The appearance of this disorder is usually during adolescence. Familial multiple lipomatosis is inherited as an autosomal dominant trait. Several disorders are characterized by the development of benign growths (non-cancerous) consisting of adipose tissue (lipomas) including Proteus syndrome, PTEN harmatome syndrome and Gardner's syndrome. . These disorders often have additional symptoms that can distinguish them from Dercum's disease.
The one-hour procedure removed six fat tumors weighing two kilograms (4.4 pounds, or 10 percent of the body weight of the patch). He was soon happy and still hopeful. In January 2007, the Journal of Small Animal Practice reported the liposuction elimination of three giant lipomas from a dog in Leipzig, Germany. The extremely obese patient suffered from arthritis and hind limb lameness, plus irritation caused by armpit lipoma.
Stephen Blake, DVM, of San Diego, California, reports: "I had a case in a no-kill shelter where eight years ago ... old shepherd mix had a lipome almost the size a basketball on his back, hanging on his side. It was so big that the dog had racing problems. I only once treated it with Homoeopathic Thuja 10M and in a month it dissolved. After two months, all that was left was a large bag of skin clinging to the dog's back.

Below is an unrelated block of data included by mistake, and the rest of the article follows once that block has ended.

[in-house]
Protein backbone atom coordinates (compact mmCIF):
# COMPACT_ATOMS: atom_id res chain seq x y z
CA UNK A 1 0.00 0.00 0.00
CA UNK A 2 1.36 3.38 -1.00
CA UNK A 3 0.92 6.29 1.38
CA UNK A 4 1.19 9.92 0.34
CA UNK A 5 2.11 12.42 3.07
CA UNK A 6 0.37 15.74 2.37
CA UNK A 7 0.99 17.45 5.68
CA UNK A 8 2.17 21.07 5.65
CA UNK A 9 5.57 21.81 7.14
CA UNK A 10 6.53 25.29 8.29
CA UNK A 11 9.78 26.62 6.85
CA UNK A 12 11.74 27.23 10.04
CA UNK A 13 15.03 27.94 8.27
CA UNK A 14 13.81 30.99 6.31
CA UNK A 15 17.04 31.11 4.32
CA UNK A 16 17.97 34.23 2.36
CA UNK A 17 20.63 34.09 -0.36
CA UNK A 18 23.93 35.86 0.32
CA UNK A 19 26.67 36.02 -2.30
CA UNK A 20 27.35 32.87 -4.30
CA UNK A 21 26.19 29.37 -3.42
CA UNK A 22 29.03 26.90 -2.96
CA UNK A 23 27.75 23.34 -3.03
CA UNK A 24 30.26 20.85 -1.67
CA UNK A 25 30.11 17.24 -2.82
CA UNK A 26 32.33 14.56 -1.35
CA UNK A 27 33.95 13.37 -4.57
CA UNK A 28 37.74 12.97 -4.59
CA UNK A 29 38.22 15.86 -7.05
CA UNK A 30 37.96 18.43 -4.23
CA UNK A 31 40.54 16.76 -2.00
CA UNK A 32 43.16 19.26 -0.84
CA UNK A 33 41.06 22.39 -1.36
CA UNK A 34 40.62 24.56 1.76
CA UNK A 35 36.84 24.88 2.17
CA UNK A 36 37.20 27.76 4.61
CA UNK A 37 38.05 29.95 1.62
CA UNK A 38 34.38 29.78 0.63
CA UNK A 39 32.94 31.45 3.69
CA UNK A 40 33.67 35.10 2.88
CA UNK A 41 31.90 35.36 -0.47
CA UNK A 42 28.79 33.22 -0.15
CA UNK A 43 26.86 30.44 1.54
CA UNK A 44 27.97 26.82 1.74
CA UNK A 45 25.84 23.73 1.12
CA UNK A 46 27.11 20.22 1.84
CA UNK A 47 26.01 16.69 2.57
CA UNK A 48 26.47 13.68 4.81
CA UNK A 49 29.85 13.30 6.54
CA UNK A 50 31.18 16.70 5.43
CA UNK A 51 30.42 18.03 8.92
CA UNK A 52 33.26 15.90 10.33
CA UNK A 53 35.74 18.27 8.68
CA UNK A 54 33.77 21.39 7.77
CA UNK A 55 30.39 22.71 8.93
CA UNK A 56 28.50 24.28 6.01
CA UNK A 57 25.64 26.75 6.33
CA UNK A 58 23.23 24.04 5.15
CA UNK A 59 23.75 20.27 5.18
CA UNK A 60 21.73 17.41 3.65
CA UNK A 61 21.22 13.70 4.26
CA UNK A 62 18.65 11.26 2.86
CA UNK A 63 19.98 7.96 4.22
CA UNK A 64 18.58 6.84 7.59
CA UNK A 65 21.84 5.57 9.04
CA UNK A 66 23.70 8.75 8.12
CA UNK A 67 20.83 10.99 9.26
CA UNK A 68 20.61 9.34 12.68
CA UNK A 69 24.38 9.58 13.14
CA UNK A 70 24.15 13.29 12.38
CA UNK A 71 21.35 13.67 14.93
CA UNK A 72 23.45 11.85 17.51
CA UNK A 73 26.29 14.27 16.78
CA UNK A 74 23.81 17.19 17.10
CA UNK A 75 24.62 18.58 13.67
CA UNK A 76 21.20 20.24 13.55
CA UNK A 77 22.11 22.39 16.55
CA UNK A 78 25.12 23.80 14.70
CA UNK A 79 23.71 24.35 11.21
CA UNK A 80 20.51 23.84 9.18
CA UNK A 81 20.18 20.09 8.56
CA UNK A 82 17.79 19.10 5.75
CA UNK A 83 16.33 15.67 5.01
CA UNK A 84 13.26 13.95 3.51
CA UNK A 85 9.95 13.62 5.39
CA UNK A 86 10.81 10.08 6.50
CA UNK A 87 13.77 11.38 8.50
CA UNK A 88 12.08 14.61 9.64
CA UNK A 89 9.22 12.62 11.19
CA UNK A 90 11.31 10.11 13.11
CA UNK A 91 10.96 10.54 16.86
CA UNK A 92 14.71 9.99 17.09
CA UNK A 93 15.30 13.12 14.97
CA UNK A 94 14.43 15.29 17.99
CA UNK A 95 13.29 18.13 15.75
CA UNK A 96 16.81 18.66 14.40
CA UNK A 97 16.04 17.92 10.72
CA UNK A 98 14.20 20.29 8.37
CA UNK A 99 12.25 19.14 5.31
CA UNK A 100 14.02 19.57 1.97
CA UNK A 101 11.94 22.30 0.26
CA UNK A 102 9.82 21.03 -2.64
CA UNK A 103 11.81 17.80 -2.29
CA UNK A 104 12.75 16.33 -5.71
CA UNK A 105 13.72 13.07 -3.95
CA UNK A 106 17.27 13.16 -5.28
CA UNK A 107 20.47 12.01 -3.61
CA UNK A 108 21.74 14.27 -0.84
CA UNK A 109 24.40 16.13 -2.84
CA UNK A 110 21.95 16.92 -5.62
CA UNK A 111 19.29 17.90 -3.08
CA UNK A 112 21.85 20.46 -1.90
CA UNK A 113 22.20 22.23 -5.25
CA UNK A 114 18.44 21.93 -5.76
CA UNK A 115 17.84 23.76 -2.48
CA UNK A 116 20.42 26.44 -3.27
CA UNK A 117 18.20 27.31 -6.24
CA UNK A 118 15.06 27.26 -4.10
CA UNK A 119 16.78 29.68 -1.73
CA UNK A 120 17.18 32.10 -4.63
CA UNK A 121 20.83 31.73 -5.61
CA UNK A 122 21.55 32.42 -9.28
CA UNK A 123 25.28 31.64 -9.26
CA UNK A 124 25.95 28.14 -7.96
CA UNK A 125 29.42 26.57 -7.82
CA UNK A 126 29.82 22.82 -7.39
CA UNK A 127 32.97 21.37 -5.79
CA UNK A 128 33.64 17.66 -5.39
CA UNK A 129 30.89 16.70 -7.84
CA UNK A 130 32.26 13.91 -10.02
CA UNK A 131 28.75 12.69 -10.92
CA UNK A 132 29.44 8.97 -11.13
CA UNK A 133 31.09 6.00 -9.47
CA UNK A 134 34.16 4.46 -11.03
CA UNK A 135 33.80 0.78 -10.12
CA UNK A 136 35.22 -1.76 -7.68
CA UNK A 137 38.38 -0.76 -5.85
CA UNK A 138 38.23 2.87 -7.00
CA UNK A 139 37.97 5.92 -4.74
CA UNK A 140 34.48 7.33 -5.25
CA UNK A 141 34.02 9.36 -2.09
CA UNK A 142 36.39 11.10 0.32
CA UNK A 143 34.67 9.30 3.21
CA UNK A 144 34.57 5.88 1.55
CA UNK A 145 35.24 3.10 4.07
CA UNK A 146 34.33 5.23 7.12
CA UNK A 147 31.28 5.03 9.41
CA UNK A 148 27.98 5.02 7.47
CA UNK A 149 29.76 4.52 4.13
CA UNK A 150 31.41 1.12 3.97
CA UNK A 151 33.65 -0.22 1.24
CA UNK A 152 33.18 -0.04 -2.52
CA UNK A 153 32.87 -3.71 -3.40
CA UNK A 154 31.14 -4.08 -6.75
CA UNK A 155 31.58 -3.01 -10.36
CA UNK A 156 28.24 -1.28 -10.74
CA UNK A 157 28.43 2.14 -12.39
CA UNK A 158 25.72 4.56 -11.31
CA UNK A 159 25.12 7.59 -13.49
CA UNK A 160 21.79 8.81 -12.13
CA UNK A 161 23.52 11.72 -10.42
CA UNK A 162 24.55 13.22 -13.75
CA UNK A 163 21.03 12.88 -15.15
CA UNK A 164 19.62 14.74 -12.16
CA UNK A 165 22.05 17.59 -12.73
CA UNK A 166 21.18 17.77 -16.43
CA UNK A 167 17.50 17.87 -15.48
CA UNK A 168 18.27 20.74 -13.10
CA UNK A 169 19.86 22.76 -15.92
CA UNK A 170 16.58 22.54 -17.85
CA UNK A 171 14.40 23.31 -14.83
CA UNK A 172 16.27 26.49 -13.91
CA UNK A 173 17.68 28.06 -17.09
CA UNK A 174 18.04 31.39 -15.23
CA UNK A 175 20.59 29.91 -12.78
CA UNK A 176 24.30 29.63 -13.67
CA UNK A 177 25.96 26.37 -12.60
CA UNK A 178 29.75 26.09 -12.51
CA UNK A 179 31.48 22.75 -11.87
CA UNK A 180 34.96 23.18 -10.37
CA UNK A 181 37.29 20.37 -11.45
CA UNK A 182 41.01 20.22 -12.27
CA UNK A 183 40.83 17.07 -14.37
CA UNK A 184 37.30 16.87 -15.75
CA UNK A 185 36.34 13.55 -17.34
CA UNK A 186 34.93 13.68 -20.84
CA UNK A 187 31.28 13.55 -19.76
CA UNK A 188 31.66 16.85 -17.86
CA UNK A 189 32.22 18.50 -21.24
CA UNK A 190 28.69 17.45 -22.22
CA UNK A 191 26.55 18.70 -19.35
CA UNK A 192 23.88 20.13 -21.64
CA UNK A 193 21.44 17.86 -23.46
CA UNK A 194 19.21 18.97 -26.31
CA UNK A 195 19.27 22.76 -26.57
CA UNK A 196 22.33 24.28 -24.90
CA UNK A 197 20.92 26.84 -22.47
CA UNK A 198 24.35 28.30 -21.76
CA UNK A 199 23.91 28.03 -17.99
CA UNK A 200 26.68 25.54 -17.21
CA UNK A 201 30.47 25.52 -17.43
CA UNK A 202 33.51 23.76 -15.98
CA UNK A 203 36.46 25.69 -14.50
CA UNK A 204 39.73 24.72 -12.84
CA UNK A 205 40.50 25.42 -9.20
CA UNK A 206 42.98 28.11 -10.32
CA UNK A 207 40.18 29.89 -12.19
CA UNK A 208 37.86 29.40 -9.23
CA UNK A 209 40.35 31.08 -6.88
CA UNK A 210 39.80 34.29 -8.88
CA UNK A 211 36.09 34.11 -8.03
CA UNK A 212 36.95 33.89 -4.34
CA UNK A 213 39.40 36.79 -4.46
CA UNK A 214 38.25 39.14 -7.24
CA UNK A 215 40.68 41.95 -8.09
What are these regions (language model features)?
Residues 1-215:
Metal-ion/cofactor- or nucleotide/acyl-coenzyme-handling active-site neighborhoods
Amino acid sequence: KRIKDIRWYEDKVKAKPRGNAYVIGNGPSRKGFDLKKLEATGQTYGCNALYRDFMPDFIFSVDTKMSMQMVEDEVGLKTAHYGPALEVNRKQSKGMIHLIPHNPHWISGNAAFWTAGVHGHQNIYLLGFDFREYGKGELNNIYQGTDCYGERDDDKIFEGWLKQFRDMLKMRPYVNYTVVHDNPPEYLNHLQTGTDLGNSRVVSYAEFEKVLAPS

In 2006, a 12-year-old Kelpie-cross named Patch made headlines in Sydney, Australia, for being the first Australian dog to undergo liposuction. Patch had several lipomas, one of which, on his hind paw, was threatening to paralyze him within a few months. Remembering a European veterinarian who performed liposuction on a dog using the suction tool normally used to clean fluids during surgery, an Australian veterinarian suggested to try this approach on Patch.